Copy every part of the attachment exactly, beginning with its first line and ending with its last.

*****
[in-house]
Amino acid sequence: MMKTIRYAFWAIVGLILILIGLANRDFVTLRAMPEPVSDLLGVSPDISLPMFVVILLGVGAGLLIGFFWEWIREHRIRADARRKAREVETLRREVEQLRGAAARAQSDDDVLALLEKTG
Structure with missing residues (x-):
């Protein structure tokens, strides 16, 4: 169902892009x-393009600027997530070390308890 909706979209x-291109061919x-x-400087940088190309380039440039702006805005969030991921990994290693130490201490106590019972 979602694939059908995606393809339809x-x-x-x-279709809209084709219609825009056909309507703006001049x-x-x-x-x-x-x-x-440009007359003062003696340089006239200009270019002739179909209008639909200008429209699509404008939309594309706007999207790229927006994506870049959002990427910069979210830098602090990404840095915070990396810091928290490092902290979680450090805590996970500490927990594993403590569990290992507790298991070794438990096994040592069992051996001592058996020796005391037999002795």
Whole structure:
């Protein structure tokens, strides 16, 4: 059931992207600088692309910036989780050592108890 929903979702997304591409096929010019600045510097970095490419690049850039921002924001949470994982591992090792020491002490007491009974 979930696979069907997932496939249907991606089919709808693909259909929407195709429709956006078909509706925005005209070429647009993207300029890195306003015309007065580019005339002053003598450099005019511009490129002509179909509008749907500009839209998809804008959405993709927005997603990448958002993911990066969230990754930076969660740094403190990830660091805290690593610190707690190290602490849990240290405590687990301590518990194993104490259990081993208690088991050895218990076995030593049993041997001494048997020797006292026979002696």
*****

[in-house]
Amino acid sequence: MMKTIRYAFWAIVGLILILIGLANRDFVTLRAMPEPVSDLLGVSPDISLPMFVVILLGVGAGLLIGFFWEWIREHRIRADARRKAREVETLRREVEQLRGAAARAQSDDDVLALLEKTG
Structure with missing residues (x-):
């Protein structure tokens, strides 16, 4: 169902892009x-393009600027997530070390308890 909706979209x-291109061919x-x-400087940088190309380039440039702006805005969030991921990994290693130490201490106590019972 979602694939059908995606393809339809x-x-x-x-279709809209084709219609825009056909309507703006001049x-x-x-x-x-x-x-x-440009007359003062003696340089006239200009270019002739179909209008639909200008429209699509404008939309594309706007999207790229927006994506870049959002990427910069979210830098602090990404840095915070990396810091928290490092902290979680450090805590996970500490927990594993403590569990290992507790298991070794438990096994040592069992051996001592058996020796005391037999002795």
Whole structure:
């Protein structure tokens, strides 16, 4: 059931992207600088692309910036989780050592108890 929903979702997304591409096929010019600045510097970095490419690049850039921002924001949470994982591992090792020491002490007491009974 979930696979069907997932496939249907991606089919709808693909259909929407195709429709956006078909509706925005005209070429647009993207300029890195306003015309007065580019005339002053003598450099005019511009490129002509179909509008749907500009839209998809804008959405993709927005997603990448958002993911990066969230990754930076969660740094403190990830660091805290690593610190707690190290602490849990240290405590687990301590518990194993104490259990081993208690088991050895218990076995030593049993041997001494048997020797006292026979002696």